National Minerals Information Center

Bauxite and Alumina Statistics and Information

Full view of Bauxite sample

Mineral: Bauxite
Mineral Origin: Les Baux, France (Sample donated by Gary Kingston)
Primary Commodity: Aluminum and Gallium
Primary Commodity Uses: Aluminum is one of the most used metals on the planet, finding roles in transportation, construction, packaging, electronics, and other consumer goods. Gallium is primarily used in integrated circuits and LEDs. The United States is currently 100% reliant on foreign sources for gallium used here.

(Credit: Scott Horvath, USGS. Public domain.)

Bauxite is a naturally occurring, heterogeneous material composed primarily of one or more aluminum hydroxide minerals, plus various mixtures of silica, iron oxide, titania, aluminosilicate, and other impurities in minor or trace amounts.  The principal aluminum hydroxide minerals found in varying proportions with bauxites are gibbsite and the polymorphs boehmite and diaspore.  Bauxites are typically classified according to their intended commercial application:  abrasive, cement, chemical, metallurgical, refractory, etc.  The bulk of world bauxite production (approximately 85%) is used as feed for the manufacture of alumina via a wet chemical caustic leach method commonly known as the Bayer process.   Subsequently, the majority of the resulting alumina produced from this refining process is in turn employed as the feedstock for the production of aluminum metal by the electrolytic reduction of alumina in a molten bath of natural or synthetic cryolite (Na3AlF6), the all-Héroult process.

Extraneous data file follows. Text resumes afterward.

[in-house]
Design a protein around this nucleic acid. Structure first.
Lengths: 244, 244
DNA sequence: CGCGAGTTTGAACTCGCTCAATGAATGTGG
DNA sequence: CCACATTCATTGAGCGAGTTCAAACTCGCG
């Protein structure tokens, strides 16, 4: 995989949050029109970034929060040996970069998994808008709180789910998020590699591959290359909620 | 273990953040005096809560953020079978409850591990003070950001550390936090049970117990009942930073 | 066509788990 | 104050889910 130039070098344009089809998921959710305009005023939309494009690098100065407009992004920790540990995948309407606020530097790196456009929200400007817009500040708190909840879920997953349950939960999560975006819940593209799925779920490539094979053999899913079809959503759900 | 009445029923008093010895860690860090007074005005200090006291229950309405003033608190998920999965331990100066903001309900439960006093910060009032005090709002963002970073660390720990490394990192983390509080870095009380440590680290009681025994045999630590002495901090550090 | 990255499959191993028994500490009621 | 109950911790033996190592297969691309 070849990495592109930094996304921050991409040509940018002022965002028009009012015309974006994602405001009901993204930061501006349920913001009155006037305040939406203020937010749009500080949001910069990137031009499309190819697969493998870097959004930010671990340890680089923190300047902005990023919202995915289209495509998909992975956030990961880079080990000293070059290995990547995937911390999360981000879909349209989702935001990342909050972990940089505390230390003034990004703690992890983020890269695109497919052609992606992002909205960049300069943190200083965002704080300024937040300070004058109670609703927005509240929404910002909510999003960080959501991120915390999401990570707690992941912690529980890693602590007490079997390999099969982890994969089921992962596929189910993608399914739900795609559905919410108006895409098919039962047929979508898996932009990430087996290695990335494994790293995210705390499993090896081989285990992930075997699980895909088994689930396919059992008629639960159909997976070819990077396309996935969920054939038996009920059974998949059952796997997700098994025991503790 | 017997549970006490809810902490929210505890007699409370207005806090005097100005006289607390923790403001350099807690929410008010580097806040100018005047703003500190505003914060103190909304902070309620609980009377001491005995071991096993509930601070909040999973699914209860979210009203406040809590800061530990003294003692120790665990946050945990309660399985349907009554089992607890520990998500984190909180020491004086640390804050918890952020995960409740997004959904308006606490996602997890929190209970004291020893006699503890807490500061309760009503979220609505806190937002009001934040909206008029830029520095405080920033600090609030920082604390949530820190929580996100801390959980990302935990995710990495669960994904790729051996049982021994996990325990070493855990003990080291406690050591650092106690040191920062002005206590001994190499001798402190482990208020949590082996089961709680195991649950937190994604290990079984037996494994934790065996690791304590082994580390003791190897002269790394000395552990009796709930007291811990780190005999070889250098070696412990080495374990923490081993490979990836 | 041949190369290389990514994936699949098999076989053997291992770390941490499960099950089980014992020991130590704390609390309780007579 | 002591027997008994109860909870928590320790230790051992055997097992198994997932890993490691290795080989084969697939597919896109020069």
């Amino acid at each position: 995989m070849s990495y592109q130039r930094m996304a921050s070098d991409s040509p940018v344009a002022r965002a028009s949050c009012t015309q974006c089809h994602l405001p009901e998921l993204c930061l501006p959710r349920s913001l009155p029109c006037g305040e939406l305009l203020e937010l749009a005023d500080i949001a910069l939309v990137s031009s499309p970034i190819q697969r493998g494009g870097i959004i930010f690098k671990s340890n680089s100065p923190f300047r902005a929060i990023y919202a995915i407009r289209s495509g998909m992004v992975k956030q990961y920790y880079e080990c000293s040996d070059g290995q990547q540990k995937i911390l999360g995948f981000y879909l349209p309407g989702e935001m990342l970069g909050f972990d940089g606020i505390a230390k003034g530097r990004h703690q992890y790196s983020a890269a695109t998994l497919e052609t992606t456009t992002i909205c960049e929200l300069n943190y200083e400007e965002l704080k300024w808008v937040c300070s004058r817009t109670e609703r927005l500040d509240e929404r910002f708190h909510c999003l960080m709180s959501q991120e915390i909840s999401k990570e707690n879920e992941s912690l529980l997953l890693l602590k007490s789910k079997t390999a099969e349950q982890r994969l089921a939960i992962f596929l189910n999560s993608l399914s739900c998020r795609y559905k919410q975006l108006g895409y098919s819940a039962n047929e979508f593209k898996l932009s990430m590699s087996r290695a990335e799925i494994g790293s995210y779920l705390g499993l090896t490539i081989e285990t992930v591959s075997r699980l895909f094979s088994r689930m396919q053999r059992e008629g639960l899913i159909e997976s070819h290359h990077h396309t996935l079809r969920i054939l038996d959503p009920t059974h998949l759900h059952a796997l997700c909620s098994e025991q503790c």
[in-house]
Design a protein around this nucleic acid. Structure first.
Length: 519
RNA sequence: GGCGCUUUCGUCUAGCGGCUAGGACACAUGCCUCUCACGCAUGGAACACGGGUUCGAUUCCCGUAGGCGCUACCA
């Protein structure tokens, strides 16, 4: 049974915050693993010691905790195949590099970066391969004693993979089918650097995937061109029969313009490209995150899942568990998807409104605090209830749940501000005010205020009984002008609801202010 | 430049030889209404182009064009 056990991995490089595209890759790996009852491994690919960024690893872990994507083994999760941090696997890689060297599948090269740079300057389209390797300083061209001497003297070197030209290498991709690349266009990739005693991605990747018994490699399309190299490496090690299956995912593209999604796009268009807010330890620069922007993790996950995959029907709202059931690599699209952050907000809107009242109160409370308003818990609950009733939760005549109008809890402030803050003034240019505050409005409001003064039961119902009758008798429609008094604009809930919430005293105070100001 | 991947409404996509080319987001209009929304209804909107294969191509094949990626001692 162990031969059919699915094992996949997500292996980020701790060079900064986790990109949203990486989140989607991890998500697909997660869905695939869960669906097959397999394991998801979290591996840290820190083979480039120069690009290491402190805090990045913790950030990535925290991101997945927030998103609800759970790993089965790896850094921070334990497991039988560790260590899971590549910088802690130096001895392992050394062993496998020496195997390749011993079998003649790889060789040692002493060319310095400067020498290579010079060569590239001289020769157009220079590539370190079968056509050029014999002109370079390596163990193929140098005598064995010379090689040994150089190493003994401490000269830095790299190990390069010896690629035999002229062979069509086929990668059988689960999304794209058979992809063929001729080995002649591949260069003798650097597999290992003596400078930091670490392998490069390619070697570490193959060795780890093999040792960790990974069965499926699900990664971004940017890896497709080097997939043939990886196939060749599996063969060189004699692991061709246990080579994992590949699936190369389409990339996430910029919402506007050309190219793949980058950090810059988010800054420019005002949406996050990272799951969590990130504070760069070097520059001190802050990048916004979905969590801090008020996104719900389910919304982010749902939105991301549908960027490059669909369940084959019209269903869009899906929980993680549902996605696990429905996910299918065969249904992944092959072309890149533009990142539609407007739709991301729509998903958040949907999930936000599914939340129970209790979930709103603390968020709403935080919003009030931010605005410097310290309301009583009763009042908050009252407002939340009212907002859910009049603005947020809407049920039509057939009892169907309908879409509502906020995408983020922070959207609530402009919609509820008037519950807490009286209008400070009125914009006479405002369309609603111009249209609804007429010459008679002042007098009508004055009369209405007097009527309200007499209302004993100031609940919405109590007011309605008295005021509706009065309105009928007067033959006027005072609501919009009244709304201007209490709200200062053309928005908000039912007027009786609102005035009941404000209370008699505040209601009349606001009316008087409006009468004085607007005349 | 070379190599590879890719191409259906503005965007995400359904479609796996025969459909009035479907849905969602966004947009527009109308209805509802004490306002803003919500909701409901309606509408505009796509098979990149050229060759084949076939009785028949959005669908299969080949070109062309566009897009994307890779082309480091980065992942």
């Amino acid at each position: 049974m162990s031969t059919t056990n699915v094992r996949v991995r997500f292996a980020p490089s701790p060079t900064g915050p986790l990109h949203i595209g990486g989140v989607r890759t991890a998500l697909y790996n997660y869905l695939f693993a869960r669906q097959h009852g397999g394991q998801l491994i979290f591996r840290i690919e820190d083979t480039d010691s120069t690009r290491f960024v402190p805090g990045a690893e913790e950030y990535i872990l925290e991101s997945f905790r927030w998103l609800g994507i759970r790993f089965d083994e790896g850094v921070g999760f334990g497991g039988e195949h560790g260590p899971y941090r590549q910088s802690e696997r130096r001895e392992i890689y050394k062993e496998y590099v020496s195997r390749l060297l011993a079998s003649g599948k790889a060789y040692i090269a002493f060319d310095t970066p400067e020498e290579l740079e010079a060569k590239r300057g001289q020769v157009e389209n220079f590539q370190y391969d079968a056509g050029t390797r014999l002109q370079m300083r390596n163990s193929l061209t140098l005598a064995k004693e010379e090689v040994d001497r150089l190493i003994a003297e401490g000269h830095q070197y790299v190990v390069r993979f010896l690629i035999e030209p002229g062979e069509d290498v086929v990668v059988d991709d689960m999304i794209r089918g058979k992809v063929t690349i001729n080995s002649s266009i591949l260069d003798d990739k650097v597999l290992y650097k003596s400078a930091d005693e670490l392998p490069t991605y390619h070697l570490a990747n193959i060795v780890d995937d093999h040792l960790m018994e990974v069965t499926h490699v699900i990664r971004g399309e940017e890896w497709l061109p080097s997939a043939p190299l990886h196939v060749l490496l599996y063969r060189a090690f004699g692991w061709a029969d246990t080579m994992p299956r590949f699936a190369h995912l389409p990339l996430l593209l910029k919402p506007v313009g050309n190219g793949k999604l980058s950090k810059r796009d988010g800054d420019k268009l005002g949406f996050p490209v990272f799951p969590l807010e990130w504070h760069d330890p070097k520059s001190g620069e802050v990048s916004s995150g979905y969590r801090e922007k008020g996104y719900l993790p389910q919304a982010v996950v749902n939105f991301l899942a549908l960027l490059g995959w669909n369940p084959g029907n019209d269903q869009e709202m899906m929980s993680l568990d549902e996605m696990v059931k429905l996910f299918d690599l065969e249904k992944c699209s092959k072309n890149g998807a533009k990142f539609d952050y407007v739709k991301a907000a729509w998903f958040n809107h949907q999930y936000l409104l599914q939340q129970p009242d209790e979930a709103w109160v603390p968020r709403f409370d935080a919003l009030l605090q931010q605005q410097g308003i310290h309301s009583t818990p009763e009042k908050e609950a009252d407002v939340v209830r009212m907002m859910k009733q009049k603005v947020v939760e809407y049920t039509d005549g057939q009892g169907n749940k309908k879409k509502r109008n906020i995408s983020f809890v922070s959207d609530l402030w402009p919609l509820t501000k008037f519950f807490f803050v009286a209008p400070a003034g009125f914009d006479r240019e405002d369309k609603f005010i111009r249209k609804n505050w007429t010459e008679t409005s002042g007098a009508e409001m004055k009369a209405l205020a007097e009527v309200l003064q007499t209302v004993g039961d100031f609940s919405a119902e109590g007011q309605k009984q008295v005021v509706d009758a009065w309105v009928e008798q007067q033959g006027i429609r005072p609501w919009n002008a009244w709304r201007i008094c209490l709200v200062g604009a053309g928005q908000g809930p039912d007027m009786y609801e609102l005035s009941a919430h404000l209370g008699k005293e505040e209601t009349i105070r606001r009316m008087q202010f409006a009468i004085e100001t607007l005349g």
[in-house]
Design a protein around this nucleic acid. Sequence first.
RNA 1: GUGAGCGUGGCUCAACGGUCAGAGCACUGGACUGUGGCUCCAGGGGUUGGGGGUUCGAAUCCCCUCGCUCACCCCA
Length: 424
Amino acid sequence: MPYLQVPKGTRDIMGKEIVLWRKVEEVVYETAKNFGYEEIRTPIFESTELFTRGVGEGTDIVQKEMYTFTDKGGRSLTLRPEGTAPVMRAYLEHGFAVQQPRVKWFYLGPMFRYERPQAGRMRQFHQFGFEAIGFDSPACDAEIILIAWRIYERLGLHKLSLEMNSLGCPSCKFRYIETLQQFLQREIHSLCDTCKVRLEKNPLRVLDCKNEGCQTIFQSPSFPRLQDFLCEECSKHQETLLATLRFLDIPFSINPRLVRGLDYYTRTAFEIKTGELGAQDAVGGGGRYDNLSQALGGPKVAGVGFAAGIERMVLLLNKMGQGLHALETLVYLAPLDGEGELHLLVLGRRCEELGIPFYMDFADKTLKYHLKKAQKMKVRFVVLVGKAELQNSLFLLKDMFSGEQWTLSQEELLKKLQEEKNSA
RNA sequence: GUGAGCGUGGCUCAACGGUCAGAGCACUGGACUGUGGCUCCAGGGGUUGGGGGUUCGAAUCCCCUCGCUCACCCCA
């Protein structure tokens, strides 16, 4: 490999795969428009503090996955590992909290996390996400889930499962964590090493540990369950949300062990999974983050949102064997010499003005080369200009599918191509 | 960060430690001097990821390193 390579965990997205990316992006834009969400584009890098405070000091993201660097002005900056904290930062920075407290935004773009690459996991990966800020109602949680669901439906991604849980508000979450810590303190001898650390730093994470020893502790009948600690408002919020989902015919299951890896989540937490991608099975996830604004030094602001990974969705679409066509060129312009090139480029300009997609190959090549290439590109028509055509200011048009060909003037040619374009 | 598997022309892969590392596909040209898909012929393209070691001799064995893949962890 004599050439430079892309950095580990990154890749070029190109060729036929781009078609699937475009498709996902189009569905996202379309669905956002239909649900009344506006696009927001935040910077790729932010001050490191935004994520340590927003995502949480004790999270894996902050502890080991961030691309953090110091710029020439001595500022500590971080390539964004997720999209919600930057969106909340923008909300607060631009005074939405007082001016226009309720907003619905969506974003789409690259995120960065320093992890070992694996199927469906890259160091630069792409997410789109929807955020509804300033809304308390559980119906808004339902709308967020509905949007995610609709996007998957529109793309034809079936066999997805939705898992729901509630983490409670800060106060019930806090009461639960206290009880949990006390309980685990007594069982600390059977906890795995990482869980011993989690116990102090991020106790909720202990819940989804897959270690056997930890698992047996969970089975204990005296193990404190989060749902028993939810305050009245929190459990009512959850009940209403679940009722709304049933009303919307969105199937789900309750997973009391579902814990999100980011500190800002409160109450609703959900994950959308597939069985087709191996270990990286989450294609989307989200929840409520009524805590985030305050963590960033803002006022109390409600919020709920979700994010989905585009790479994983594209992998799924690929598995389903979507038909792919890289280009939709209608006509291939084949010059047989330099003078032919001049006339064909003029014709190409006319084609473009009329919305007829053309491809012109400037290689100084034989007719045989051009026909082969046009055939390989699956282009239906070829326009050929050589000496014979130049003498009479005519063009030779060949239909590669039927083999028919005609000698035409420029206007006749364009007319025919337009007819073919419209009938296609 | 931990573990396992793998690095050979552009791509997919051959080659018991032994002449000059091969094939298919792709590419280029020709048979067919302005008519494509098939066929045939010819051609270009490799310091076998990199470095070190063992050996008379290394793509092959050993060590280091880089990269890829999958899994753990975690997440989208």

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    E Lee Bray

    Mineral Commodity Specialist
    National Minerals Information Center
    Phone: 703-648-4979